Get Our Blueprint for Creating
and Selling Online Courses

How to Launch Your Course and Enroll
Your First (Or Next!) 5, 50, or even 500 Paying Students... FAST!

The next webinar is on

Click here to get the details.

Email List Marketing: A $1,000,000 Lesson on Letting Lists Go Stale

email list marketingIf you had a $1,000,000 sitting on a shelf, and every day its value dwindled down, how long would you let it sit?

Not very long, I hope!

Did you know that the same concept applies to your email lists? A company’s email list is one of its most valuable assets when used effectively, but it’s often treated like an afterthought. It is a proven maxim that it typically costs a company more to acquire a new client, or customer, than it does to market to an existing one. So if this is the case, why is your email list languishing unused? Why aren’t you optimizing your email list marketing?

Of course, good business means continuing to seek new clients; the point of the maxim is that they must also make a priority of marketing to those who are already leads and customers. But what does having an active existing email list really mean?

A solid, pre-existing email list has several benefits:

  1. You can market sale pricing on slow moving inventory or services;
  2. You are easily able to obtain referrals and letters of endorsement from satisfied customers;
  3. You are able to offer “upsells” for those have made purchases;
  4. You are able to continue to provide relevant offers to prospective and previous customers

Each of these factors can contribute to additional profits for companies willing to invest the time in maintaining their email lists. In good times, this maintenance is an added boost to growing profits. In difficult times it can sustain a company when new business is hard to come by. Proper email list marketing can help.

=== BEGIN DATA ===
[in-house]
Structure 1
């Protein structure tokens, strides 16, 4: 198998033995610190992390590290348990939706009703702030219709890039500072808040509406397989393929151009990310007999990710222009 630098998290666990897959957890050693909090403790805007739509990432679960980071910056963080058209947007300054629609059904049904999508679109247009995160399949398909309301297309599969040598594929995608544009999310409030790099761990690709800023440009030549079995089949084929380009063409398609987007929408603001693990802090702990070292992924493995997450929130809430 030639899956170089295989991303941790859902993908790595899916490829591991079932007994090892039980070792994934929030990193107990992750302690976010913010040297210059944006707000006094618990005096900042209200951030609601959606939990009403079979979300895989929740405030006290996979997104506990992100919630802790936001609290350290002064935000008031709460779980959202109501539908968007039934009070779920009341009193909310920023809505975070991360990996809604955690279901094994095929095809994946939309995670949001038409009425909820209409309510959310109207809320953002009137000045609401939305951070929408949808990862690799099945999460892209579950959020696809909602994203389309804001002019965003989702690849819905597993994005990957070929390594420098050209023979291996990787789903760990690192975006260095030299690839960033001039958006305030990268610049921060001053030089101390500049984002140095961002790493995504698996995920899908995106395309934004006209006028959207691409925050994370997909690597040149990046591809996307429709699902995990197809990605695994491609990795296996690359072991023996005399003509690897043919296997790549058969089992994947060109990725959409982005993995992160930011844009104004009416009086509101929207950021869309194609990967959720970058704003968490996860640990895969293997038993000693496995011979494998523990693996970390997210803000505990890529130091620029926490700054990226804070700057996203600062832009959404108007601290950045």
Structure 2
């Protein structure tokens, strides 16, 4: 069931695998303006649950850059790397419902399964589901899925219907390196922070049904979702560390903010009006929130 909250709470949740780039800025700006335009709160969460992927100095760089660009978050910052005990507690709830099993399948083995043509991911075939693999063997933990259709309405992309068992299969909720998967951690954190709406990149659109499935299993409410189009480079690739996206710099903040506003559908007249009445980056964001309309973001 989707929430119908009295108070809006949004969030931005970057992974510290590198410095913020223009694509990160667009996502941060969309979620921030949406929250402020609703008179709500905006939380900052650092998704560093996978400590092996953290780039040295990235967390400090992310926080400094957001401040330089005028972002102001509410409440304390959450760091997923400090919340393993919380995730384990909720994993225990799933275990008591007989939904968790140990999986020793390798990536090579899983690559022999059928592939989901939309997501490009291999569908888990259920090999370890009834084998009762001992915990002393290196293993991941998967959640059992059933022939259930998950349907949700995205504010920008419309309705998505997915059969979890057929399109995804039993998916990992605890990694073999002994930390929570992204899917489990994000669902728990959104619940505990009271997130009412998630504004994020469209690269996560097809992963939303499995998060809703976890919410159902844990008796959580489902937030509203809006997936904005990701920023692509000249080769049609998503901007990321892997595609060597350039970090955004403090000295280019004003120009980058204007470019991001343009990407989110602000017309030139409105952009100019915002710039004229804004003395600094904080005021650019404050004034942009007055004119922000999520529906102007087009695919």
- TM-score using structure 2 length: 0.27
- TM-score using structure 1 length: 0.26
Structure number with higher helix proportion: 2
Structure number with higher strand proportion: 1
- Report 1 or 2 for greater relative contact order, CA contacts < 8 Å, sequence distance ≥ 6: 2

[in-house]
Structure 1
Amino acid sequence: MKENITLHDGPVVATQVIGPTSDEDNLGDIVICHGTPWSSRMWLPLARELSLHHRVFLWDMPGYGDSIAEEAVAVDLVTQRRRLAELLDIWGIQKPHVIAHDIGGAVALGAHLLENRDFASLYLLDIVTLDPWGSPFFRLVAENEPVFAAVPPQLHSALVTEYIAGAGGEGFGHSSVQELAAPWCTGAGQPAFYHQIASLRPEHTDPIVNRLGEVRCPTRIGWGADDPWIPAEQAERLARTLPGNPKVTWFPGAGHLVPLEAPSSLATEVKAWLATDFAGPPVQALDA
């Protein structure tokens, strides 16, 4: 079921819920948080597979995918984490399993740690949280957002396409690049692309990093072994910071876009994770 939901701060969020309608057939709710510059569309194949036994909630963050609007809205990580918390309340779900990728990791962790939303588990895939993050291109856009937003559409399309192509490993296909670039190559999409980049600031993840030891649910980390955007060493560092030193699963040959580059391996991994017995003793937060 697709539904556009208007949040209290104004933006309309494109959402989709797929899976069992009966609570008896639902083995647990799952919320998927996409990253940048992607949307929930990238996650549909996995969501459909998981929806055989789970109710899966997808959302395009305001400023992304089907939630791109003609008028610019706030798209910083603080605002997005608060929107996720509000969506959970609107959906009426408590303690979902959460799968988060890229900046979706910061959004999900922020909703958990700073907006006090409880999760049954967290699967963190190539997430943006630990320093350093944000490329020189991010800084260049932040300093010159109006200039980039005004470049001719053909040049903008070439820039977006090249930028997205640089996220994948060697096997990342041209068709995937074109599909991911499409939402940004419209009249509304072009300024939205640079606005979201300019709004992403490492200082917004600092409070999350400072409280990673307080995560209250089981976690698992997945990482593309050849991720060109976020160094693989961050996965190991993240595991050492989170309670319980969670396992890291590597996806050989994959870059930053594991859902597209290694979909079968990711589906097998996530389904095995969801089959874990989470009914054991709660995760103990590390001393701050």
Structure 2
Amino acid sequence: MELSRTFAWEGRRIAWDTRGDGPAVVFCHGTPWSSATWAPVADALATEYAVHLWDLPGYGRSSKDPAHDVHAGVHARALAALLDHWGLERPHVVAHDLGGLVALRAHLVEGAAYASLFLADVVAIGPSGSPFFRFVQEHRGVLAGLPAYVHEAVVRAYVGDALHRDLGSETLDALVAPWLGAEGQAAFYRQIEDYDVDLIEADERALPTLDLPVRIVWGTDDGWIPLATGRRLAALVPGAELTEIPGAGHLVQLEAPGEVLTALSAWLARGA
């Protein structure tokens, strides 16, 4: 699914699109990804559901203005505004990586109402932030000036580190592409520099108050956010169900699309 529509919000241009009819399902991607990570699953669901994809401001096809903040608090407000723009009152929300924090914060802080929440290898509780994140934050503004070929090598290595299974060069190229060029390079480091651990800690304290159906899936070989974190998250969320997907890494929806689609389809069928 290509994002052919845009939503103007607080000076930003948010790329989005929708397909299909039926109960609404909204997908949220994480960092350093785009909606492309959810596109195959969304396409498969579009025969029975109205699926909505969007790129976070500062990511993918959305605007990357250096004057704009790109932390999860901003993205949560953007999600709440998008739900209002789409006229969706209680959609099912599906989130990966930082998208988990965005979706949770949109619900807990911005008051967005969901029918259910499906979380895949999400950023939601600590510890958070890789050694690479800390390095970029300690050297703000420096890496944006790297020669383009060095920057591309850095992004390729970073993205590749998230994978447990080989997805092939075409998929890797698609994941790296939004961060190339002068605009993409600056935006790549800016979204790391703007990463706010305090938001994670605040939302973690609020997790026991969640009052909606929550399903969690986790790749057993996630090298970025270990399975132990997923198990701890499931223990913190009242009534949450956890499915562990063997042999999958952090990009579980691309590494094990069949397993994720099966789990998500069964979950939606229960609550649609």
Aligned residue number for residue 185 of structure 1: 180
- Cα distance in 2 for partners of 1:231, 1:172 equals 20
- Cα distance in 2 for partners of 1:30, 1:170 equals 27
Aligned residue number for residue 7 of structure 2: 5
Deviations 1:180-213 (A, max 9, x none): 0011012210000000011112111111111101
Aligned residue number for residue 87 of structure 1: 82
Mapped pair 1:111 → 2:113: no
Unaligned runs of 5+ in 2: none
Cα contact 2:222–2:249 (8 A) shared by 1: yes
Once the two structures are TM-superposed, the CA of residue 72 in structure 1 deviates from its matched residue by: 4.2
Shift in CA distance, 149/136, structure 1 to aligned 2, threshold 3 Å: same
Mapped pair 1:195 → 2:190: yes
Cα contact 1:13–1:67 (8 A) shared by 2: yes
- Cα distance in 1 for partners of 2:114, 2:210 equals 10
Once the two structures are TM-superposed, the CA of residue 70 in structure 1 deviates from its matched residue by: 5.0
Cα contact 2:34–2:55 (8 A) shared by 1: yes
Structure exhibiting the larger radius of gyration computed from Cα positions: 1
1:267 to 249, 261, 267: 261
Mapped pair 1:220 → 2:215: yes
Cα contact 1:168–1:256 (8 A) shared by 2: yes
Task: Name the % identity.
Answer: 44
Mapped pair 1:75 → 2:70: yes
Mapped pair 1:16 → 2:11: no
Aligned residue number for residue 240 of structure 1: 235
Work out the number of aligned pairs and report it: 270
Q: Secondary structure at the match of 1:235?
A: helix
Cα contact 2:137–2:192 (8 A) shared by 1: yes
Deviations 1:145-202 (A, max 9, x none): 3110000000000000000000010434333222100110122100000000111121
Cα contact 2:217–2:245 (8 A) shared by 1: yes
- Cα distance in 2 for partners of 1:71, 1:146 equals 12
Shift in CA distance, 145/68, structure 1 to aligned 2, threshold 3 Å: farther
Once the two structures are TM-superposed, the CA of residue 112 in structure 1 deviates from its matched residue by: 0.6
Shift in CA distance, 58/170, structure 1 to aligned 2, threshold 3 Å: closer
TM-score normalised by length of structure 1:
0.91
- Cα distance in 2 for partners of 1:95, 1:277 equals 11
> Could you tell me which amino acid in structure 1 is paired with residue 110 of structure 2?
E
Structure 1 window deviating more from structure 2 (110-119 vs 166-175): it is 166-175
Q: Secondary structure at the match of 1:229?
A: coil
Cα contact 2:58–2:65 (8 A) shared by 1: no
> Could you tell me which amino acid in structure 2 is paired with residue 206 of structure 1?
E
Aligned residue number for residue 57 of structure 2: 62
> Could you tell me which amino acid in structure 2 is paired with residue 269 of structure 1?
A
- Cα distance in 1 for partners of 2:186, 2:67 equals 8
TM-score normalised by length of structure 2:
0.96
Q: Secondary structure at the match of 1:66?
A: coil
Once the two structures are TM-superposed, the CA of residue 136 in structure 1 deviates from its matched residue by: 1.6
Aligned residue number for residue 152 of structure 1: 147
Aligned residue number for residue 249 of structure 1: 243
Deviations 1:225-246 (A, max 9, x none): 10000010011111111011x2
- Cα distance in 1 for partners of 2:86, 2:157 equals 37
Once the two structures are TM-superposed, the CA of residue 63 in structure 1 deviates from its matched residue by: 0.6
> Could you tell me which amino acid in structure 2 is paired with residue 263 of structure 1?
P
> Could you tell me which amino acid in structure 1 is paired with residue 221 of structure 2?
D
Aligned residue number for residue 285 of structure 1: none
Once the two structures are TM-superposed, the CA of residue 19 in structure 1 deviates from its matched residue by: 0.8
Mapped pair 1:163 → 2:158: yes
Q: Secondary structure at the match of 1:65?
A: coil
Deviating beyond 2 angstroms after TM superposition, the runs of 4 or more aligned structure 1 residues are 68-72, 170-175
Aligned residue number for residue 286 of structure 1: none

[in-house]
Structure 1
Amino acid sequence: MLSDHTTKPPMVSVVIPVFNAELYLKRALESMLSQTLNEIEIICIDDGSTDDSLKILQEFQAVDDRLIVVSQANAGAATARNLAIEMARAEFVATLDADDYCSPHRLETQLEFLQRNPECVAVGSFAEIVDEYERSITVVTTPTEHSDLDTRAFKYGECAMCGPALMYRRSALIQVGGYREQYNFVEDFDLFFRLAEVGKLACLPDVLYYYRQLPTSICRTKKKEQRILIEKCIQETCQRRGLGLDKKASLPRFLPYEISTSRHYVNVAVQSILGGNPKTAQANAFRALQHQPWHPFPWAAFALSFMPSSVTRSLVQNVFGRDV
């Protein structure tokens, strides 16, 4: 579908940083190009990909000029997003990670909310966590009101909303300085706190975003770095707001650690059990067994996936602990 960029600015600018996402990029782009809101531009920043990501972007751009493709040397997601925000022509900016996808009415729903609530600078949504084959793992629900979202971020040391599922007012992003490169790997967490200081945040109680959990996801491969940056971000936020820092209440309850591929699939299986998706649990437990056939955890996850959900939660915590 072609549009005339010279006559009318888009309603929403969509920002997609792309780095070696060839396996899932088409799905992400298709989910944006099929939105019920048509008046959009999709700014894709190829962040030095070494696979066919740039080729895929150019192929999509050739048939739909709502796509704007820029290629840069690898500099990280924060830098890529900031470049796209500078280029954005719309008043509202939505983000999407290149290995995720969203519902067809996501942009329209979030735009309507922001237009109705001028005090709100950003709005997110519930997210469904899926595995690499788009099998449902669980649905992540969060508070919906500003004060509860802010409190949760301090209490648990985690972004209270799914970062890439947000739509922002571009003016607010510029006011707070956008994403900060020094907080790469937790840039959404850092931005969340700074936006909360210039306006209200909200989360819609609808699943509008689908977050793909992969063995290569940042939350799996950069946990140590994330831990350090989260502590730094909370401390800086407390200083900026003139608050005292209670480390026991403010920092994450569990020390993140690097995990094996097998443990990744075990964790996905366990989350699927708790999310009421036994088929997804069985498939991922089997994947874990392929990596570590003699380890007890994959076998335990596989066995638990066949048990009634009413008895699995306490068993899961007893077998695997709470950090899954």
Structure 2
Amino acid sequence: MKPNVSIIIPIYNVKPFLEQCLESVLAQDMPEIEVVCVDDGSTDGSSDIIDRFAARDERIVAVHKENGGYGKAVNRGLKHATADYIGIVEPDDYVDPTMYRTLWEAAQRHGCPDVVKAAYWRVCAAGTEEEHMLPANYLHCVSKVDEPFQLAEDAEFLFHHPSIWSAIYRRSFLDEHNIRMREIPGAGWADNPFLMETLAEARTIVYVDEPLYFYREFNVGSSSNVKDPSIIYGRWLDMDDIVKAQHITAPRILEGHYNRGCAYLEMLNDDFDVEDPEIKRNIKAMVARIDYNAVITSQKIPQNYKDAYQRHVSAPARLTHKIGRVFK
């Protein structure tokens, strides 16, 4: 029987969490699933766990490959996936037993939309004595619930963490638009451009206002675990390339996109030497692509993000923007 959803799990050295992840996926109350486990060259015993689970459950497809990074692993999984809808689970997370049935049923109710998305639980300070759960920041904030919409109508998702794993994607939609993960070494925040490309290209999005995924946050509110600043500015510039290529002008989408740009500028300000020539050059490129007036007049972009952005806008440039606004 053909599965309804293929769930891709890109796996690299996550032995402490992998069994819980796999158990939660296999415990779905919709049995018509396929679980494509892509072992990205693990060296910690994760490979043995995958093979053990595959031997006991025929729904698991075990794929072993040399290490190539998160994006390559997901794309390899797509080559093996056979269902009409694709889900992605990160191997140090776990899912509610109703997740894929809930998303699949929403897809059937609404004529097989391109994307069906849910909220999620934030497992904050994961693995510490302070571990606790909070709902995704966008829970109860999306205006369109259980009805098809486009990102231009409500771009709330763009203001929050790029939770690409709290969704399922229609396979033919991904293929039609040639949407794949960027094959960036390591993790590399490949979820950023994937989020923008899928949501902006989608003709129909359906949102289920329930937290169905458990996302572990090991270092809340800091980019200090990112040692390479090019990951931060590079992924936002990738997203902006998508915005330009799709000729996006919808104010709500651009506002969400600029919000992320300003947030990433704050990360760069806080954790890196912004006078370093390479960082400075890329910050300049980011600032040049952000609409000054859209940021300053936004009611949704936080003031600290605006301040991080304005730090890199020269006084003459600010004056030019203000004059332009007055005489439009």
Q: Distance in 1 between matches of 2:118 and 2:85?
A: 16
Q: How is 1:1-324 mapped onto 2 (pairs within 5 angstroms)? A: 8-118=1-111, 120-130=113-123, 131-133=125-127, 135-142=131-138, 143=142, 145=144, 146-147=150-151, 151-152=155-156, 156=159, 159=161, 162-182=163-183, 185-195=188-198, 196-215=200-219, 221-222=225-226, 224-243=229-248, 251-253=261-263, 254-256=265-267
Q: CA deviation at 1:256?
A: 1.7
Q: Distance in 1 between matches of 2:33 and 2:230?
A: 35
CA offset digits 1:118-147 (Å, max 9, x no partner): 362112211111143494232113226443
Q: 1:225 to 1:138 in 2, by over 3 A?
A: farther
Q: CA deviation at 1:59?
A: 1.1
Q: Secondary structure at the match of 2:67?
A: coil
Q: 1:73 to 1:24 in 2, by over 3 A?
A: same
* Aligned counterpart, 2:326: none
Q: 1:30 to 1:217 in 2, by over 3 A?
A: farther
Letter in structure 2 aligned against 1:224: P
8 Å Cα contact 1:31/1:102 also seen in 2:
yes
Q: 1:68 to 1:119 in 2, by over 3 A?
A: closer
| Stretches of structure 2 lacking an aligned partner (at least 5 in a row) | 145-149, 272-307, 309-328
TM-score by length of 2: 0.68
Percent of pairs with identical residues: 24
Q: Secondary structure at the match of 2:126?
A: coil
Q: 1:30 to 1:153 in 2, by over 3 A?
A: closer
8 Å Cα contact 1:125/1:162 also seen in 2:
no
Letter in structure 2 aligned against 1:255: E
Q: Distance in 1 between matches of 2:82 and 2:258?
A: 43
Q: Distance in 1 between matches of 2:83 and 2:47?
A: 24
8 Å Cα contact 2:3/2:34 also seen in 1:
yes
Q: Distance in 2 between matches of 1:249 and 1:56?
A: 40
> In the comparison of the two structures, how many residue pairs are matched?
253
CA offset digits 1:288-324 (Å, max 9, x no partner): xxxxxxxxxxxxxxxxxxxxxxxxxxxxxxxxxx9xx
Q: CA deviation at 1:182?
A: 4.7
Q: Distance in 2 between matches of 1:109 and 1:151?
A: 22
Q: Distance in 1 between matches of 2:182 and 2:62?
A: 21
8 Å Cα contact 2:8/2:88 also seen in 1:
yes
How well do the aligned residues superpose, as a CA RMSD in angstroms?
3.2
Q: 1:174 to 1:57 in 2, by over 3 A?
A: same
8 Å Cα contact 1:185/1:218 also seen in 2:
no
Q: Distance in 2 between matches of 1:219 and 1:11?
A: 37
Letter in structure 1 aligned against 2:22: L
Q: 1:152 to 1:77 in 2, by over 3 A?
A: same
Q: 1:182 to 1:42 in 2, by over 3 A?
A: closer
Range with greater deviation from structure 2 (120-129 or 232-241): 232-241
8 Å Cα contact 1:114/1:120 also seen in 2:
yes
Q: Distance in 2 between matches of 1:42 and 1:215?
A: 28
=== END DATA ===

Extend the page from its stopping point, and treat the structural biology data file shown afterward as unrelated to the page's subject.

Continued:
How email Lists are Built Today?

In the “traditional” past, a company’s email lists existed in its capacity to send ‘snail’-mail, or call list members on the phone. However, with the advent and rapid growth of the web, list building has changed and most customer contact shifted to email communication during the late 1990’s and early 2000’s. Companies started capturing the email addresses of customers and prospects at the point of sale or during a website visit. Skilled companies would go one step further to make sure that the contact information was segmented, so that targeted email communications could be sent to the subscribers based on product interest, or previous purchases.

Although email, when used properly, remains a convenient and viable means for companies to communicate with their clients, other forms of contact collection have emerged in recent years. Aside from blogging, which has been a leader in contact list building in recent years, social media sites such as Facebook, Twitter, LinkedIn and YouTube all have unique mass contacting features. Whether they are called followers or subscribers, a company has the ability to reach them at will. Although this power of contact can be easily taken advantage of and wasted through spam, when it’s used correctly, it can differentiate a company’s message in a big way. All forms of contact have tremendous strengths as well as limitations. Companies are slowly growing into the role of successfully building email lists on various platforms, to tailor messages in the most targeted way possible.